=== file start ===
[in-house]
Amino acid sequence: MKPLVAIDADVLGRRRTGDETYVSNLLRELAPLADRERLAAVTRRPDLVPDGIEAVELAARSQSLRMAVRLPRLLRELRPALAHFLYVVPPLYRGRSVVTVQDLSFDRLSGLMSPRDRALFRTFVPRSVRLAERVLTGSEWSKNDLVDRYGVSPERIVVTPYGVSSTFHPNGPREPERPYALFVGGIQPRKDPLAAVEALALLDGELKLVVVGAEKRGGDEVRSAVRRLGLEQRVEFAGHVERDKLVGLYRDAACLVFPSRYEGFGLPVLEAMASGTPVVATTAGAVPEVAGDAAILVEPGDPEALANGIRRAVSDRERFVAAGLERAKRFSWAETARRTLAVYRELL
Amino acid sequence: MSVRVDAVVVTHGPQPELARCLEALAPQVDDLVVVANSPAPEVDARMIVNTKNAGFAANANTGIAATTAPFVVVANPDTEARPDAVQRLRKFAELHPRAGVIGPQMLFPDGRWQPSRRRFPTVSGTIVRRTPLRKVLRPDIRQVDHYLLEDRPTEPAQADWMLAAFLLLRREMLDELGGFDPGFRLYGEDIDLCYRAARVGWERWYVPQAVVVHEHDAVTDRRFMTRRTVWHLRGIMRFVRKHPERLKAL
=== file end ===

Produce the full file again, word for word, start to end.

[in-house]
Amino acid sequence: MKPLVAIDADVLGRRRTGDETYVSNLLRELAPLADRERLAAVTRRPDLVPDGIEAVELAARSQSLRMAVRLPRLLRELRPALAHFLYVVPPLYRGRSVVTVQDLSFDRLSGLMSPRDRALFRTFVPRSVRLAERVLTGSEWSKNDLVDRYGVSPERIVVTPYGVSSTFHPNGPREPERPYALFVGGIQPRKDPLAAVEALALLDGELKLVVVGAEKRGGDEVRSAVRRLGLEQRVEFAGHVERDKLVGLYRDAACLVFPSRYEGFGLPVLEAMASGTPVVATTAGAVPEVAGDAAILVEPGDPEALANGIRRAVSDRERFVAAGLERAKRFSWAETARRTLAVYRELL
Amino acid sequence: MSVRVDAVVVTHGPQPELARCLEALAPQVDDLVVVANSPAPEVDARMIVNTKNAGFAANANTGIAATTAPFVVVANPDTEARPDAVQRLRKFAELHPRAGVIGPQMLFPDGRWQPSRRRFPTVSGTIVRRTPLRKVLRPDIRQVDHYLLEDRPTEPAQADWMLAAFLLLRREMLDELGGFDPGFRLYGEDIDLCYRAARVGWERWYVPQAVVVHEHDAVTDRRFMTRRTVWHLRGIMRFVRKHPERLKAL